Evolution of Herbicide Resistance in Lolium rigidum under Low Herbicide Rates: An Australian Experience
- Sudheesh Manalil *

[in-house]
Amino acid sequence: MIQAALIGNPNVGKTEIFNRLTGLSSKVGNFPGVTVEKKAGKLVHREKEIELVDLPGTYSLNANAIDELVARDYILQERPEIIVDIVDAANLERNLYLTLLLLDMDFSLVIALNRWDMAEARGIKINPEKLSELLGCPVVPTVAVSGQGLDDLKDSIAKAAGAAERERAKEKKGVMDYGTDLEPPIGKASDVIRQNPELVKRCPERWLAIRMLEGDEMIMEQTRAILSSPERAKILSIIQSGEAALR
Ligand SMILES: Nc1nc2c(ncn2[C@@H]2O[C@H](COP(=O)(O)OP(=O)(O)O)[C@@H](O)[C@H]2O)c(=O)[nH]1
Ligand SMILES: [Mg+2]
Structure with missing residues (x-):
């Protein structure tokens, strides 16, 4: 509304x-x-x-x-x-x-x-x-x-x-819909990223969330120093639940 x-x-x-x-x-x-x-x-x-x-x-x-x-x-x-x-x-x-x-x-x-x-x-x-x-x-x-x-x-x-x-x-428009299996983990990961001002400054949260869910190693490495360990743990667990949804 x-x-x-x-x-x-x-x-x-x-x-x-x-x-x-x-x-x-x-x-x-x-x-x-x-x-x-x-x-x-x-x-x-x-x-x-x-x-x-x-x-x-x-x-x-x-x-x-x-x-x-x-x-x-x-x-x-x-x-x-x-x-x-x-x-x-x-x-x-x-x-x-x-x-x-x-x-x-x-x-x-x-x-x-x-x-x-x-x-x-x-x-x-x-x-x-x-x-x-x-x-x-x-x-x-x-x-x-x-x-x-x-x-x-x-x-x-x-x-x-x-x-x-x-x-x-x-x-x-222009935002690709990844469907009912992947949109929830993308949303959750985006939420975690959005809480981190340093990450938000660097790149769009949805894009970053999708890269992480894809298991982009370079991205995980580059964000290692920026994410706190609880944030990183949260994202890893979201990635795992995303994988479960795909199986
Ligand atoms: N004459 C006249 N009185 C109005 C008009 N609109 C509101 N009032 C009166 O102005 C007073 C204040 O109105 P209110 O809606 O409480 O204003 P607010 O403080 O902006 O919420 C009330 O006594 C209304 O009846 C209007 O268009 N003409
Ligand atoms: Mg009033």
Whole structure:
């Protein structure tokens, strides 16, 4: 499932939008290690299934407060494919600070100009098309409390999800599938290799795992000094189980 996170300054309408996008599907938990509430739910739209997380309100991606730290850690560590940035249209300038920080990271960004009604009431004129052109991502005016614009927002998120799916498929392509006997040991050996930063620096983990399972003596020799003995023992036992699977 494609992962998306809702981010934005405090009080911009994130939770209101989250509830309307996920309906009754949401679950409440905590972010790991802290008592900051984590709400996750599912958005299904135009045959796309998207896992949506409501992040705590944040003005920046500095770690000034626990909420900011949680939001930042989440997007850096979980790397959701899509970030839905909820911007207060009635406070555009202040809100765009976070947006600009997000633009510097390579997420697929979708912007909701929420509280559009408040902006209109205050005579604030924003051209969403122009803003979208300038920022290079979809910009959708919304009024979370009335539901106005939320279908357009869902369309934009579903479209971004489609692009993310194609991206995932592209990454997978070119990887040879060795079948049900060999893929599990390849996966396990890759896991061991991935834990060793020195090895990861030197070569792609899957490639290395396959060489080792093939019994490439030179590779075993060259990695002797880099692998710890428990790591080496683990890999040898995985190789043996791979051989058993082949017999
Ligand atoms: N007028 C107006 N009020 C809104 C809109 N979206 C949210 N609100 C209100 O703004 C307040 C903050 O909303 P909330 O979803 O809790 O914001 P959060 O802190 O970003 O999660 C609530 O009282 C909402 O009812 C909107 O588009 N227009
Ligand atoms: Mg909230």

Recent studies have shown the potential of lower than recommended herbicide rates to enhance the herbicide resistance level of a troublesome weed, annual ryegrass (Lolium rigidum Gaud.). Rapid evolution of herbicide resistance was possible, because low herbicide rates could select for minor traits and their accumulation through cross-pollination. These studies are highly relevant for the reason that low herbicide rates prevail in global agriculture—particularly in Australia, where recommended herbicide rates are the lowest in the world. In addition, growers use lower than recommended rates for economic reasons and there is no bio-regulatory authority to control the use of herbicides. Indeed, low herbicide rate alone would not lead to rapid evolution of herbicide resistance, but its interaction with the genetic and biological potential of a target weed species is also crucial to decide the pace of herbicide resistance evolution. Alarmingly, L. rigidum is genetically highly variable and possesses many biological and genetic attributes that aid this species to augment resistance mechanisms to combat the never-ending herbicide selection pressure. In this review, the biological and genetic potential of this cross-pollinating species to evolve as one of the most troublesome weeds is examined. In that way, this review would be a practical lesson to frame future herbicide resistance management strategies for troublesome weeds in global agriculture. A diversified herbicide-use pattern and integration of appropriate nonchemical methods are envisaged to minimize the pace of herbicide resistance evolution. Another important message is that herbicides should be used only at the recommended rates.Please view the pdf by using the Full Text (PDF) link under 'View' to the left.
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